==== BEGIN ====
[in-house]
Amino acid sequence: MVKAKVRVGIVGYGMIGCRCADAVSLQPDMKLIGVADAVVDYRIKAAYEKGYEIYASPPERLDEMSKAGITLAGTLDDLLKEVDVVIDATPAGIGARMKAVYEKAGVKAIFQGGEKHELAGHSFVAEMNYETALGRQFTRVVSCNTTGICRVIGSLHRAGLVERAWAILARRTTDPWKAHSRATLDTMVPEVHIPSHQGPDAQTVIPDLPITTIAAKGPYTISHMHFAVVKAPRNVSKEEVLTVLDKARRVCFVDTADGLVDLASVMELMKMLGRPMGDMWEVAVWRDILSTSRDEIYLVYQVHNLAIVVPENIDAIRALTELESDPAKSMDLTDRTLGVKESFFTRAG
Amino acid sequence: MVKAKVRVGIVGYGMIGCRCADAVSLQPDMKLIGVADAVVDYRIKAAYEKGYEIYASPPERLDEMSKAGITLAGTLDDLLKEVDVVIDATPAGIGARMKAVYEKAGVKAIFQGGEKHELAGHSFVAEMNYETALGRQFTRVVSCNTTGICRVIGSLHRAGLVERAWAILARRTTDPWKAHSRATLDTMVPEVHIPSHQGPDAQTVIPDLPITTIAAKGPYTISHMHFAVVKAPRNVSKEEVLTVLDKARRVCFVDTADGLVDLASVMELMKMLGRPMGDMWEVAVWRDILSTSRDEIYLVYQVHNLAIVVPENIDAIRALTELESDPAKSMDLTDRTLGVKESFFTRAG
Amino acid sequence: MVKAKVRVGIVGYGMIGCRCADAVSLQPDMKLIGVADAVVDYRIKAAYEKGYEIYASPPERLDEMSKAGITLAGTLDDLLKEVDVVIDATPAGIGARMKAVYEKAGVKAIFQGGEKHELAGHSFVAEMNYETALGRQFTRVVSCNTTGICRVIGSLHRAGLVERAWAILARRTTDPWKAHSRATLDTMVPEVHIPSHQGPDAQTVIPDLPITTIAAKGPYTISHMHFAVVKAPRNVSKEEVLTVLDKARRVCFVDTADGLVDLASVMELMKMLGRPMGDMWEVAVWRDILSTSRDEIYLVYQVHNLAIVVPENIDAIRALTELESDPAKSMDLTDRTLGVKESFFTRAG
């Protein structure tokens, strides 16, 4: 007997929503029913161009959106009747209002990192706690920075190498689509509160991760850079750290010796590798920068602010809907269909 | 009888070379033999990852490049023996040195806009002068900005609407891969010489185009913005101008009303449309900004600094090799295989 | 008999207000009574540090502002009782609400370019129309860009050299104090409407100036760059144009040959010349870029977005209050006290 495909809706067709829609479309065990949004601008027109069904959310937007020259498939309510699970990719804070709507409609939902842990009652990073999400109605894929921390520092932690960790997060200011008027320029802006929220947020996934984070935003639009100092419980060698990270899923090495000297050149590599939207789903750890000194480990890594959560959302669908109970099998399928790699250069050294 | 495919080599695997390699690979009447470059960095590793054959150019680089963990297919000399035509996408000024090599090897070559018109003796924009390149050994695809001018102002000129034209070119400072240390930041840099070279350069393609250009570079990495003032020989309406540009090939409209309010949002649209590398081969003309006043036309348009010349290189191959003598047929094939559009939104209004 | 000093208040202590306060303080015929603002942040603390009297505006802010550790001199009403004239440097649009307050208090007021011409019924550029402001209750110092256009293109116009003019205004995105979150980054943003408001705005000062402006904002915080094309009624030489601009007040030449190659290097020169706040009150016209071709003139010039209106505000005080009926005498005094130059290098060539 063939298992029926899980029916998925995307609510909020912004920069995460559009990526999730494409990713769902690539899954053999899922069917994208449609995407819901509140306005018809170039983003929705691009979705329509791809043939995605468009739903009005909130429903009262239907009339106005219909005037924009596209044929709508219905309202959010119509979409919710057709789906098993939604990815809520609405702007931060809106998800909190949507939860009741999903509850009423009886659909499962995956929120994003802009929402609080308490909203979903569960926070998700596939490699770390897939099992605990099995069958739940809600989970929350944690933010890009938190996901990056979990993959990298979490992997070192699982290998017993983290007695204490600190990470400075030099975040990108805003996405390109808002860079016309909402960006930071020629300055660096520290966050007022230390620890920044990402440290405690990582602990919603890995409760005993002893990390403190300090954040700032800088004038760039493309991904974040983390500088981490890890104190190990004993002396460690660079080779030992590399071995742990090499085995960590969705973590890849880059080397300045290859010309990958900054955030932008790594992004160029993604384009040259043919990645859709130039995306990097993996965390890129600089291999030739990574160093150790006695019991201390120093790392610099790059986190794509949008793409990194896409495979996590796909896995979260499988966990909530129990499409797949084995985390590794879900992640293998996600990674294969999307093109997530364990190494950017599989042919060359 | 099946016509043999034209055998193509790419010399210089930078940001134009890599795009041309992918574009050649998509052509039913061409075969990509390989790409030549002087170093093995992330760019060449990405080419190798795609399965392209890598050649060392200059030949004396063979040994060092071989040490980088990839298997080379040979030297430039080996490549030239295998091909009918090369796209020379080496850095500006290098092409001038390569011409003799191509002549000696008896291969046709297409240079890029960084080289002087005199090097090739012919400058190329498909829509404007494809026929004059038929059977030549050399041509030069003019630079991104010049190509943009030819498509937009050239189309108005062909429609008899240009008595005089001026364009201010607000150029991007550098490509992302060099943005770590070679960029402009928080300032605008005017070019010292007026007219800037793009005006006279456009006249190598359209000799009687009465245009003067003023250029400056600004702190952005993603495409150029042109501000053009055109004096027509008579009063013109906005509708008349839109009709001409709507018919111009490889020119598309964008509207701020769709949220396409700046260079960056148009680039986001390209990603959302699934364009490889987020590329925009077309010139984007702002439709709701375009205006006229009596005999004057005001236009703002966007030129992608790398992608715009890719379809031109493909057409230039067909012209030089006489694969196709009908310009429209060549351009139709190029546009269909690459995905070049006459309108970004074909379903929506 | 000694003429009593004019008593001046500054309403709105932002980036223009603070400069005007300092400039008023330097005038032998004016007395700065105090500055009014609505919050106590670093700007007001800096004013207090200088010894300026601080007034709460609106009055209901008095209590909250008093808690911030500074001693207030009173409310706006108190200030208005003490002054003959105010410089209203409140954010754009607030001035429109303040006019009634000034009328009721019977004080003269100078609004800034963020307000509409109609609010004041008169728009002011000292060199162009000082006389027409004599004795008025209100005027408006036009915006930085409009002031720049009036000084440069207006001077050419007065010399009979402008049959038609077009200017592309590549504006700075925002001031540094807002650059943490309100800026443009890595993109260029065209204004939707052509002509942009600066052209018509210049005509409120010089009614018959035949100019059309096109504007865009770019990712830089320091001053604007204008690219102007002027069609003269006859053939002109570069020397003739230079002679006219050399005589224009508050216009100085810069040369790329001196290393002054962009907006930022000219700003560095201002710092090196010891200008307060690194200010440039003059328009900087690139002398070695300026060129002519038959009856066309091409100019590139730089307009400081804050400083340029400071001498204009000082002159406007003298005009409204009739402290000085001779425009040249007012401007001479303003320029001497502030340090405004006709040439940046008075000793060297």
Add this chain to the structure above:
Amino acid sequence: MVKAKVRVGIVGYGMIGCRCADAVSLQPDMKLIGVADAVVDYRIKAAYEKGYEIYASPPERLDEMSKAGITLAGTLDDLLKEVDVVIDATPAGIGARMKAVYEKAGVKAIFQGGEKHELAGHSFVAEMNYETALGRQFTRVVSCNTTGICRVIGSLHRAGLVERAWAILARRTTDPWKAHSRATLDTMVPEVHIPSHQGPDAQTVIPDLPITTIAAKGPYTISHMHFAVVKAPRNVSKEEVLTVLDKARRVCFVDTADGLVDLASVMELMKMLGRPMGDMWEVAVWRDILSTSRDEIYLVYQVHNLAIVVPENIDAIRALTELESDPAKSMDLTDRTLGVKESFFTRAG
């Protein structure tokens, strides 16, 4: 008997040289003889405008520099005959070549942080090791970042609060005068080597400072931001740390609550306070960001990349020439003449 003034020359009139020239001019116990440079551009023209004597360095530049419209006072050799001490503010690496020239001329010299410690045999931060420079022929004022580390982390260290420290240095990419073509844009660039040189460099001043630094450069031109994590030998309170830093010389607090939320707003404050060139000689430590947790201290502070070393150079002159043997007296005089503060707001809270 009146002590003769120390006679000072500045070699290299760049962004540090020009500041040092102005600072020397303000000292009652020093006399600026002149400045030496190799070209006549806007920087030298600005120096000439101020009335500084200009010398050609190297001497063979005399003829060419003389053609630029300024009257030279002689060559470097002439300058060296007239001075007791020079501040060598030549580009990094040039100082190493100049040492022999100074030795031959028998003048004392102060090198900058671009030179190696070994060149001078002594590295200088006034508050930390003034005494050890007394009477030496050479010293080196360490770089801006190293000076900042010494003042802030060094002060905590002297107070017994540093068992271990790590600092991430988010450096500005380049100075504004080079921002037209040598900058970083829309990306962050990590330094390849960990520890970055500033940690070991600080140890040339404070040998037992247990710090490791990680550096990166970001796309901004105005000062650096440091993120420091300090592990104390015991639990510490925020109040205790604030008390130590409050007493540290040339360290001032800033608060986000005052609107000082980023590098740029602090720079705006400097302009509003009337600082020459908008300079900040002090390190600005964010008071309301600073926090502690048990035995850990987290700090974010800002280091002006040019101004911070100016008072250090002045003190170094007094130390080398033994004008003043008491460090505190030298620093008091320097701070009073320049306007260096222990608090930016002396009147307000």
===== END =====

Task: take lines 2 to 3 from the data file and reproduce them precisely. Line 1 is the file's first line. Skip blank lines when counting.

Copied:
Amino acid sequence: MVKAKVRVGIVGYGMIGCRCADAVSLQPDMKLIGVADAVVDYRIKAAYEKGYEIYASPPERLDEMSKAGITLAGTLDDLLKEVDVVIDATPAGIGARMKAVYEKAGVKAIFQGGEKHELAGHSFVAEMNYETALGRQFTRVVSCNTTGICRVIGSLHRAGLVERAWAILARRTTDPWKAHSRATLDTMVPEVHIPSHQGPDAQTVIPDLPITTIAAKGPYTISHMHFAVVKAPRNVSKEEVLTVLDKARRVCFVDTADGLVDLASVMELMKMLGRPMGDMWEVAVWRDILSTSRDEIYLVYQVHNLAIVVPENIDAIRALTELESDPAKSMDLTDRTLGVKESFFTRAG
Amino acid sequence: MVKAKVRVGIVGYGMIGCRCADAVSLQPDMKLIGVADAVVDYRIKAAYEKGYEIYASPPERLDEMSKAGITLAGTLDDLLKEVDVVIDATPAGIGARMKAVYEKAGVKAIFQGGEKHELAGHSFVAEMNYETALGRQFTRVVSCNTTGICRVIGSLHRAGLVERAWAILARRTTDPWKAHSRATLDTMVPEVHIPSHQGPDAQTVIPDLPITTIAAKGPYTISHMHFAVVKAPRNVSKEEVLTVLDKARRVCFVDTADGLVDLASVMELMKMLGRPMGDMWEVAVWRDILSTSRDEIYLVYQVHNLAIVVPENIDAIRALTELESDPAKSMDLTDRTLGVKESFFTRAG